24. Major refactoring of procedures for the P-CSCF for general request handling in Section 5.2.6.3.1

25. Inspection of the host portion of the sent-by field of the Via header received from the UE at the P-CSCF. Check whether the IP address given there differs from the source IP from where the packet was originally received. Also add the UEs protected server port over there.

26. P-CSCF abnormal cases postulate (a) asks it to add some elements of the 3GPP IM CN subsystem XML body while sending an error response.

27. P-CSCF procedures, initial request for a dialog handling procedures, Section 5.2.6.3.3, postulate 5C, remove any P-Preferred-Identity headers if present.

28. Clarification in postulate 6 of section 5.2.6.3.3.

29. P-CSCF procedures, section 5.2.6.3.11, postulate 2A now asks to remove P-Preffered-Identity header if present

30. Clarifications for postulate 3 of section 5.2.6.3.11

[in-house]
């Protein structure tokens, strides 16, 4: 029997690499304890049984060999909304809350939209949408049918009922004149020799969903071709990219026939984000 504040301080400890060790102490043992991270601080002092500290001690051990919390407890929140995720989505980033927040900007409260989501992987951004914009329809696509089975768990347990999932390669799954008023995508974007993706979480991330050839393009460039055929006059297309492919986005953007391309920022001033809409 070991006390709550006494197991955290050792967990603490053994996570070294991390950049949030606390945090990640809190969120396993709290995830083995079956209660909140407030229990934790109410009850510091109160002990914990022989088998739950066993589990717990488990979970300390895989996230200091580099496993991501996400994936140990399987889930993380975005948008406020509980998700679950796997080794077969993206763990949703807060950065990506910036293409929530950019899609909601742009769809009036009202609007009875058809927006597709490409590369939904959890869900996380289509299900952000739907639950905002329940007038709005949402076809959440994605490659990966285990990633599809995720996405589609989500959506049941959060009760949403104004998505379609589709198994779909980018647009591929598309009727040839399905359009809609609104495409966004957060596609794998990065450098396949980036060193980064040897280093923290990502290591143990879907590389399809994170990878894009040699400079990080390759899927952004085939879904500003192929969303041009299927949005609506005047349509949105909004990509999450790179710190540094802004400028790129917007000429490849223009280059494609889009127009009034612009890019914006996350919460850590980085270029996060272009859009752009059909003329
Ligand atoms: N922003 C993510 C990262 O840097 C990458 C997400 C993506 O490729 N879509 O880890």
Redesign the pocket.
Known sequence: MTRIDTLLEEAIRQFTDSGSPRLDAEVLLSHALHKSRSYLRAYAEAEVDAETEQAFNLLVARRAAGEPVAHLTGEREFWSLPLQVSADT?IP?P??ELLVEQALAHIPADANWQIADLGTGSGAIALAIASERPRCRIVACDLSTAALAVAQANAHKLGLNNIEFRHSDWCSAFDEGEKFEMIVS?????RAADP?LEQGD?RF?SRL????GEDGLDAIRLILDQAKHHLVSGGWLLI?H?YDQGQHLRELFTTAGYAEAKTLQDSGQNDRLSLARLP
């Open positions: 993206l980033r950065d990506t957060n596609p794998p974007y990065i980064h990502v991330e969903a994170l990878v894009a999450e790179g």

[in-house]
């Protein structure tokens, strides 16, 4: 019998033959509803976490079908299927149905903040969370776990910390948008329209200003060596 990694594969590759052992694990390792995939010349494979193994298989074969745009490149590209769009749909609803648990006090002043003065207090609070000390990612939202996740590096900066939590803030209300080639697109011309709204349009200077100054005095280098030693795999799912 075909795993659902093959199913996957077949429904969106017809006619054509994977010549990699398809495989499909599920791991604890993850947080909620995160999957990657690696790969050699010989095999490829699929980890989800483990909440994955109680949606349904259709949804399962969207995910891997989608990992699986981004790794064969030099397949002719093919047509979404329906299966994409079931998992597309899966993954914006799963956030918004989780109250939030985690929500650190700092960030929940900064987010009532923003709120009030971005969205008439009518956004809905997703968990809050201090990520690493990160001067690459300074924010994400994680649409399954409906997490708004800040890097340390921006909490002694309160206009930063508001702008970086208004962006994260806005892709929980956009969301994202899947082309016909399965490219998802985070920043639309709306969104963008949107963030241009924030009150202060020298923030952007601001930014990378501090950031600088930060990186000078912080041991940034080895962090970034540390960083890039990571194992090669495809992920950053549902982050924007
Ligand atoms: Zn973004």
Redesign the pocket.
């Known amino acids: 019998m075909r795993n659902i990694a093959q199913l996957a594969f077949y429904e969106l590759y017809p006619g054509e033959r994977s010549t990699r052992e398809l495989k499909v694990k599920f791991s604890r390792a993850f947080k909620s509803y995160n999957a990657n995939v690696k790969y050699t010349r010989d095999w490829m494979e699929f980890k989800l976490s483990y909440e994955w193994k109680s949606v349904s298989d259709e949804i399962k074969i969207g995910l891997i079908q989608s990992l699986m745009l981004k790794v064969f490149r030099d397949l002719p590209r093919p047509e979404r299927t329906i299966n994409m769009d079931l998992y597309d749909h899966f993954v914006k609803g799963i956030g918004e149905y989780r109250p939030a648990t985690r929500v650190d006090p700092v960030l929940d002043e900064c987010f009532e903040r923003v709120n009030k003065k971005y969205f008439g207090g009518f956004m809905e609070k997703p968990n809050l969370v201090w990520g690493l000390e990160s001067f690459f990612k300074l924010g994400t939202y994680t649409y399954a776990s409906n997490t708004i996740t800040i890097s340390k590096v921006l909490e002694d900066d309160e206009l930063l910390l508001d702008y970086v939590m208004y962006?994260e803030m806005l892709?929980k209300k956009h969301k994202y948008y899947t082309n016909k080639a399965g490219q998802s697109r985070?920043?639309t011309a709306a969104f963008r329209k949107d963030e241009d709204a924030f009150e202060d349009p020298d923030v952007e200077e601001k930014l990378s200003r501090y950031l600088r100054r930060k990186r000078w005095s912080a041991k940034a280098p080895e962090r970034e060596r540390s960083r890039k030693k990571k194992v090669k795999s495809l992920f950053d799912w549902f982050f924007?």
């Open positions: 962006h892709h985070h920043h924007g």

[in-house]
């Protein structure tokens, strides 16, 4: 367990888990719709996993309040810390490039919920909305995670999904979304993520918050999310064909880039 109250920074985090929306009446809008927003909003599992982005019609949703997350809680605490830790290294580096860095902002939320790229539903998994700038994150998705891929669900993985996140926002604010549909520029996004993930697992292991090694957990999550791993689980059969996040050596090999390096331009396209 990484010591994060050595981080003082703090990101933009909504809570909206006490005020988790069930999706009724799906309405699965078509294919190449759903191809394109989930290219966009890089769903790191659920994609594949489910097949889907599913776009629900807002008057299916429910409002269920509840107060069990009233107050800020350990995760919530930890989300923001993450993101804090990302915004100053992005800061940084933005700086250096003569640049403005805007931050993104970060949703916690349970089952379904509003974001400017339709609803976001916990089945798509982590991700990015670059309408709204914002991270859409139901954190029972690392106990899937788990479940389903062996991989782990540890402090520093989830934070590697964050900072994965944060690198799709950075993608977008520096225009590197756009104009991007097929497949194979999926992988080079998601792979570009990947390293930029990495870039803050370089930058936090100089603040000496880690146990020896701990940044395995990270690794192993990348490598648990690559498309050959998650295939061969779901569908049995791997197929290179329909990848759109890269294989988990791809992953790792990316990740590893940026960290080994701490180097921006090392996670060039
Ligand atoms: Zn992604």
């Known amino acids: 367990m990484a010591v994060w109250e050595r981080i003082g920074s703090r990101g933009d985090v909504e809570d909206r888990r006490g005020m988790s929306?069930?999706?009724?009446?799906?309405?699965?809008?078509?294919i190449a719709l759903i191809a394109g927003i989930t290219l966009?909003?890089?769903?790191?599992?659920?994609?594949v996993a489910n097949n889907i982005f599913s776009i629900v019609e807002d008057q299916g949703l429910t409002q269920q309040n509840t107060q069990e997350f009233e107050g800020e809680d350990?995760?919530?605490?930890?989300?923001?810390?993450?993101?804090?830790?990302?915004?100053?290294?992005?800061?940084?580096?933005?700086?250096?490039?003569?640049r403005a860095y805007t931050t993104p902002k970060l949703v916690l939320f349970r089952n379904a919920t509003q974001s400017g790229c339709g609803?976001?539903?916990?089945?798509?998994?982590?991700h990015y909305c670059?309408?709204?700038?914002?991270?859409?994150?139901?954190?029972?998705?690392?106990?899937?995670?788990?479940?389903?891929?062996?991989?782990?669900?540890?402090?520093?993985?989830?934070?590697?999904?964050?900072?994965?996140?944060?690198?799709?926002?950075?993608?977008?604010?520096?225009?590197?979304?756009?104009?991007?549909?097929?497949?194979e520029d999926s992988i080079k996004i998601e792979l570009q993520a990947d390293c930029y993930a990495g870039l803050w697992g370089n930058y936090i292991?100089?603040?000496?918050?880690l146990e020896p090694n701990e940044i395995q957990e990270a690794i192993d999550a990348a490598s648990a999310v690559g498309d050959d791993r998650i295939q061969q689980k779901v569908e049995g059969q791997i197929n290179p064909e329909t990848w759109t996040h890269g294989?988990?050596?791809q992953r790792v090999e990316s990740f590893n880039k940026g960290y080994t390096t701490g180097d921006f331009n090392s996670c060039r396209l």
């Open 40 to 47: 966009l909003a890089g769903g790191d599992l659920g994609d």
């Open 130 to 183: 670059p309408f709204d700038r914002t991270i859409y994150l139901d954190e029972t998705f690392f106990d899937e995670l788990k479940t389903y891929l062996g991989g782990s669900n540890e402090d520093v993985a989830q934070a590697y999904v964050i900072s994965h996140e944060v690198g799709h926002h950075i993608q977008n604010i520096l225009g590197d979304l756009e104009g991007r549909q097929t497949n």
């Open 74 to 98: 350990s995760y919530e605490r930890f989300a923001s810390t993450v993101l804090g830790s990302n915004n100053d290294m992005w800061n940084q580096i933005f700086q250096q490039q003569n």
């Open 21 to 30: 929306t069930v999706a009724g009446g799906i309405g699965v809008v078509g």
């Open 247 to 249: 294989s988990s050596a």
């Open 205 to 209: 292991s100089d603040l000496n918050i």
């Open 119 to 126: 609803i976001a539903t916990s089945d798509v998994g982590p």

31.  P-CSCF procedures for generic response handling now require the inspection of the rport and received parameters before sending out any responses to the UE.

32.  In section 5.2.6.4.4, P-CSCF now has to remove any P-Preferred-Identity header if present. This is an extra check now.

33. Postulate 3, section 5.2.6.4.4, P-CSCF needs to remove the “comp” SIP URI parameter from the Record-Route header.

34.  P-CSCF needs to remove the P-Preferred-Identity field in section 5.2.6.4.8 postulate 1A.

35. Clarification that the P-CSCF needs to support draft-ietf-sip-outbound in addition to 3261 for section 5.2.6.4.8 while deciding upon the forwarding the request to the UE.